Big play evades defense

Seconds into the fourth quarter, Temple’s Zack Bambary pounced on a loose football.

In the Owls’ American Athletic Conference matchup with Memphis last Saturday night, the Tigers’ B.J. Ross muffed a punt return that allowed the Owls’ special teams unit a turnover and gave Temple’s offense an opportunity with the ball 26 yards from the end zone in Tigers territory. Despite one 10-yard pass for a first down, the drive never materialized, and freshman kicker Austin Jones capped it with a 37-yard field-goal attempt that sailed wide right.

The opportunity to take advantage of a turnover disappeared nearly as abruptly as it had arrived, and never came again. The Tigers’ 2-1 edging of the Owls in the margin of turnovers likened the close battle on the scoreboard, one that ended in a 16-13 Tigers victory off a 31-yard field goal from Jake Elliott as time expired.

“We just couldn’t make as many plays as they made,” redshirt-junior Praise Martin-Oguike said. “That’s pretty much it. … We pride ourselves in just trying to change the game with turnovers. The statistics say when you win the turnover battle, you usually win [the game]. We need to go back to that and try to strip the ball more.”

Temple’s defense, which still ranks 10th among Division I competition in points allowed with 18.1 per game, managed to hold a Tigers rushing attack averaging 206 yards per game prior to Saturday’s contest to 82. Memphis entered the game averaging 36.25 points in each of its prior eight matchups, and was held to 13 until Elliott’s game-winning kick.

“We knew how good the offense was,” Martin-Oguike said. “They spread you out and get you tired. We just worked on the same thing we’ve been working on all year. They kind of have our kind of offense and we were used to that. It helped us.”

Tigers quarterback Paxton Lynch moved the ball against the Owls, completing 21 of 28 passes for 230 yards and a touchdown pass in the second quarter. He managed to avoid turning the ball over against a Temple defense that had forced 24 turnovers in its prior eight games.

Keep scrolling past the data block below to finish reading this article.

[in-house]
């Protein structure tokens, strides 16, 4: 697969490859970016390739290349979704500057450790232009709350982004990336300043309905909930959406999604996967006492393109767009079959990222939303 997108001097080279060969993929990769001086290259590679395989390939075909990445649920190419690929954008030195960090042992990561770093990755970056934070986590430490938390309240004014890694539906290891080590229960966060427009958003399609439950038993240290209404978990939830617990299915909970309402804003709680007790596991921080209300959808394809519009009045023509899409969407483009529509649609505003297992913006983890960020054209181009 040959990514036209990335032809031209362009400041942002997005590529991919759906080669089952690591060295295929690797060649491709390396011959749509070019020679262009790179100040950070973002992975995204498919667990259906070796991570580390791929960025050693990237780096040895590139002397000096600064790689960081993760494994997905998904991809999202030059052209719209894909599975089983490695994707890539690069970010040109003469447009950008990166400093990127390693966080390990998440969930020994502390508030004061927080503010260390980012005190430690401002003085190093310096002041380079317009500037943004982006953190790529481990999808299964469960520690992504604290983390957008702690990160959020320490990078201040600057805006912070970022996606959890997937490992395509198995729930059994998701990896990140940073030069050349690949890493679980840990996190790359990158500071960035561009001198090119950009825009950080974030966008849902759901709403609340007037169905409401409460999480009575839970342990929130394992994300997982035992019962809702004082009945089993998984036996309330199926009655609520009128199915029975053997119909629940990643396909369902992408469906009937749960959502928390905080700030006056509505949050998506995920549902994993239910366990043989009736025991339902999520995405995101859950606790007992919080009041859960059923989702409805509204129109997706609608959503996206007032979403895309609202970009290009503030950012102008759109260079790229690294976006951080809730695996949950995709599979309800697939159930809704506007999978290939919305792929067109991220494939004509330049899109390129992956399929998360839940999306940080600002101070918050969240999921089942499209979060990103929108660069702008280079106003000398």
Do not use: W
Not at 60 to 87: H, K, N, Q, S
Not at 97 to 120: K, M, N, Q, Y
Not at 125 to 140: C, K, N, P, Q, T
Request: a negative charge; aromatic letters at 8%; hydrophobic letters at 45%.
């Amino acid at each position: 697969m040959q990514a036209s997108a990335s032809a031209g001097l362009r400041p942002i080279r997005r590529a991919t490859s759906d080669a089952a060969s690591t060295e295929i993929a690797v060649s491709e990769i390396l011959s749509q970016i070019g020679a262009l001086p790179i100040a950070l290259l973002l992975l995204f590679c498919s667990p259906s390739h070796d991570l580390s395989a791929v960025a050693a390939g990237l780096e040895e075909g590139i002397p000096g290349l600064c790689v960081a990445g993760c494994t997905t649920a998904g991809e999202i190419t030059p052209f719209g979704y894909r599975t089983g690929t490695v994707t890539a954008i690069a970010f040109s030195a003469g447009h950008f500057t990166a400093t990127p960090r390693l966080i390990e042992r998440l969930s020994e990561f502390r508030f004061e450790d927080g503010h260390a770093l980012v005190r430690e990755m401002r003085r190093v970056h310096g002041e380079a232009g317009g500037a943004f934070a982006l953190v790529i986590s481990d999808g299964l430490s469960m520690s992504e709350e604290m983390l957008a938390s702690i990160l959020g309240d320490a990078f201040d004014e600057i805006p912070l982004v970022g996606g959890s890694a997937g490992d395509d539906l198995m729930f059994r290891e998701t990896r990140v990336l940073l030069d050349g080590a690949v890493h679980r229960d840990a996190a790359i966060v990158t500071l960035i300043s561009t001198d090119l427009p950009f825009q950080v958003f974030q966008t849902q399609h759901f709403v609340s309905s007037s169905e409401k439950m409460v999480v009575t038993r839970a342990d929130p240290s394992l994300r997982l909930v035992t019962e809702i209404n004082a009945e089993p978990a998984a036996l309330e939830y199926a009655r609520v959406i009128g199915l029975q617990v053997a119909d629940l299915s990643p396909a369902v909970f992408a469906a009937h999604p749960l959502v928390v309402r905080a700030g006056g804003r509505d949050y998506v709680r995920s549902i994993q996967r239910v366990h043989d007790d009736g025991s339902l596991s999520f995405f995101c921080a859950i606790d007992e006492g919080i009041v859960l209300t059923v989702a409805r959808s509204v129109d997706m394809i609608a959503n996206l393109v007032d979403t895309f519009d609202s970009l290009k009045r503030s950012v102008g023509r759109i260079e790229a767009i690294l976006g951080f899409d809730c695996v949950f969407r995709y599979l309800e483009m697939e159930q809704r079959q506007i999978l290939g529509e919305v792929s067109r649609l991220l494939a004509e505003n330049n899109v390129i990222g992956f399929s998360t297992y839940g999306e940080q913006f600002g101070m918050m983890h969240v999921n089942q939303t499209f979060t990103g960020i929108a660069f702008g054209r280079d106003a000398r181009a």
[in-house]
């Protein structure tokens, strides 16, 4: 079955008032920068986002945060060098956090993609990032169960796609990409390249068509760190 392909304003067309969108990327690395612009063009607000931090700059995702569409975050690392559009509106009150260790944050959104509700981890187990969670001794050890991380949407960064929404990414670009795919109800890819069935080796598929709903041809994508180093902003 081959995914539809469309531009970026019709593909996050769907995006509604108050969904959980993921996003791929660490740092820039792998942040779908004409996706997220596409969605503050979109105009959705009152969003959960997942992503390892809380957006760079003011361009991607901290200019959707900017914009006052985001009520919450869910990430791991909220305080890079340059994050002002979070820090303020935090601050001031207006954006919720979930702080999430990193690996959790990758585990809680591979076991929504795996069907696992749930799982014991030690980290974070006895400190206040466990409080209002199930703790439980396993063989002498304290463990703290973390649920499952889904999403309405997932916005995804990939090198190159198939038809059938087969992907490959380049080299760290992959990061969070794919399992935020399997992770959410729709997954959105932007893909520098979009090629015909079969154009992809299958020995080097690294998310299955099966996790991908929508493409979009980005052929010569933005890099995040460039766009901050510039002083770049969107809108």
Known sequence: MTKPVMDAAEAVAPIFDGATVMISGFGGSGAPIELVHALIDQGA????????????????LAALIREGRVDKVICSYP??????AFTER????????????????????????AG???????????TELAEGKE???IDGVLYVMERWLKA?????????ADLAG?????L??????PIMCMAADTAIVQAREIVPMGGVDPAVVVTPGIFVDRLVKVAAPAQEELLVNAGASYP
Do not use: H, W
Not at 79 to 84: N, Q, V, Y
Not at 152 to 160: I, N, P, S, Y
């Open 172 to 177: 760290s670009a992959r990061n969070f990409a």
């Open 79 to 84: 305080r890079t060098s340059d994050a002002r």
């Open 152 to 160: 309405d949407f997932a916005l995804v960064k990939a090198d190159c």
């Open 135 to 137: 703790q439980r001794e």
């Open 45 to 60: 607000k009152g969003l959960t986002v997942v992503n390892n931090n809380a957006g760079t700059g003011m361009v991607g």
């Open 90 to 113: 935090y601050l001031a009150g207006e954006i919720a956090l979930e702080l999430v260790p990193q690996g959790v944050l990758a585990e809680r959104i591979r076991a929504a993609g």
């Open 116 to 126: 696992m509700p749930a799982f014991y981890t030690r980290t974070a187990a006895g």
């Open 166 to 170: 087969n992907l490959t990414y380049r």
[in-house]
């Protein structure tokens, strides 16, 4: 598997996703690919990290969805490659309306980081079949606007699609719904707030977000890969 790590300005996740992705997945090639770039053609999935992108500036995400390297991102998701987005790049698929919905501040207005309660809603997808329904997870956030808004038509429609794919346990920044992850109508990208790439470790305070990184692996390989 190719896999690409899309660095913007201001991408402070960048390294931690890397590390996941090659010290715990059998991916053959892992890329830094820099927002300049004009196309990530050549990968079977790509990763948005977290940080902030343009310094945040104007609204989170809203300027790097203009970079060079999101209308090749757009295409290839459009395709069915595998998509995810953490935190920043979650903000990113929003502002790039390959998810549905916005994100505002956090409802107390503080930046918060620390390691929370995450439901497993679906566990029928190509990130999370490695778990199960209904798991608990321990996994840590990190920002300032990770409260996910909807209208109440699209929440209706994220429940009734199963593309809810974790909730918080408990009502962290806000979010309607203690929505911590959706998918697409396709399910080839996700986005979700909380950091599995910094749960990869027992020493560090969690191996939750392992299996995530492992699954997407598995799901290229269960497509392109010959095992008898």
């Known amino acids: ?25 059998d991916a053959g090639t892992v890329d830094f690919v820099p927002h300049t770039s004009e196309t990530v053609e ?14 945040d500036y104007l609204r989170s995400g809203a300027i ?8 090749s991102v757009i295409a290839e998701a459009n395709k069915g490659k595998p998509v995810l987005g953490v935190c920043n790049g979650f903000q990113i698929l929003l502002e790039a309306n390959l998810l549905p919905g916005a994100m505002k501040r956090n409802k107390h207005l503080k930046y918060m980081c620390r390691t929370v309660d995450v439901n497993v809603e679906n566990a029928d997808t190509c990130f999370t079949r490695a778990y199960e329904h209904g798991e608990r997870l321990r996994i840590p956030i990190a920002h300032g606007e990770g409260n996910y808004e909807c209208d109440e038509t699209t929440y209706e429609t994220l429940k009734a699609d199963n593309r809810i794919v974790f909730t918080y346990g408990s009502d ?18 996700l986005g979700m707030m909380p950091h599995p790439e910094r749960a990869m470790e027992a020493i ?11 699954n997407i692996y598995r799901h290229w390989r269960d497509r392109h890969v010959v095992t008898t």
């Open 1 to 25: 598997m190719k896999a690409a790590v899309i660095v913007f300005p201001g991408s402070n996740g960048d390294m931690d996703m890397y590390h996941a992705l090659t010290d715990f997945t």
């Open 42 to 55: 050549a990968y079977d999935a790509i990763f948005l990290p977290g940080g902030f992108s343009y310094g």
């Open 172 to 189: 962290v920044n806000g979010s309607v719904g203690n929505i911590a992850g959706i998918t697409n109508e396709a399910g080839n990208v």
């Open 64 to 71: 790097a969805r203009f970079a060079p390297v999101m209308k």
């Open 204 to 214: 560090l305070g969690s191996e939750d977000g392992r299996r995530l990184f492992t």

“We played well but just not good enough,” junior linebacker Tyler Matakevich said. “That last drive, we just didn’t do what we did all game. We gave up big plays and started loafing. … Unfortunately, they drove down the field and kicked the field goals.”

Trailing by three points with five minutes left in the quarter, the Owls’ offense managed to move the ball into field-goal range, setting up a 46-yard kick for freshman Austin Jones. His boot split the uprights, knotting the score and handing Memphis the ball with 2:47 remaining on the clock.

The Owls’ defense, which had held Memphis to 246 total yards to that point, was unable to make a final stand. Memphis managed the clock and picked up 66 yards, sealing automatic bowl eligibility with its sixth win of the season once Elliott’s kick went through.

“They were just running quick outs and we had guys in the flats,” Matakevich said. “We just have to make the play. To play a game 58 minutes as hard as that and then come up short in the end, it hurts.”

“I know we didn’t have too many turnovers,” Matakevich added. “I don’t think we had any turnovers on defense. And I say it all the time – I stress it – that for us to win, we need to create turnovers. Unfortunately, we didn’t [Friday].”

The Owls, who, like Memphis, were seeking their sixth win and automatic bowl eligibility, will look to win that sixth game against Penn State at Beaver Stadium on Saturday.

“I thought the defense did a tremendous job until that last drive,” coach Matt Rhule said. “I thought they rallied when we made some mistakes [on offense]. But to win those games, we have to make that play and we didn’t make it. They did. … They made the plays they had to make.”

Andrew Parent can be reached at andrew.parent@temple.edu and on twitter @Andrew_Parent23

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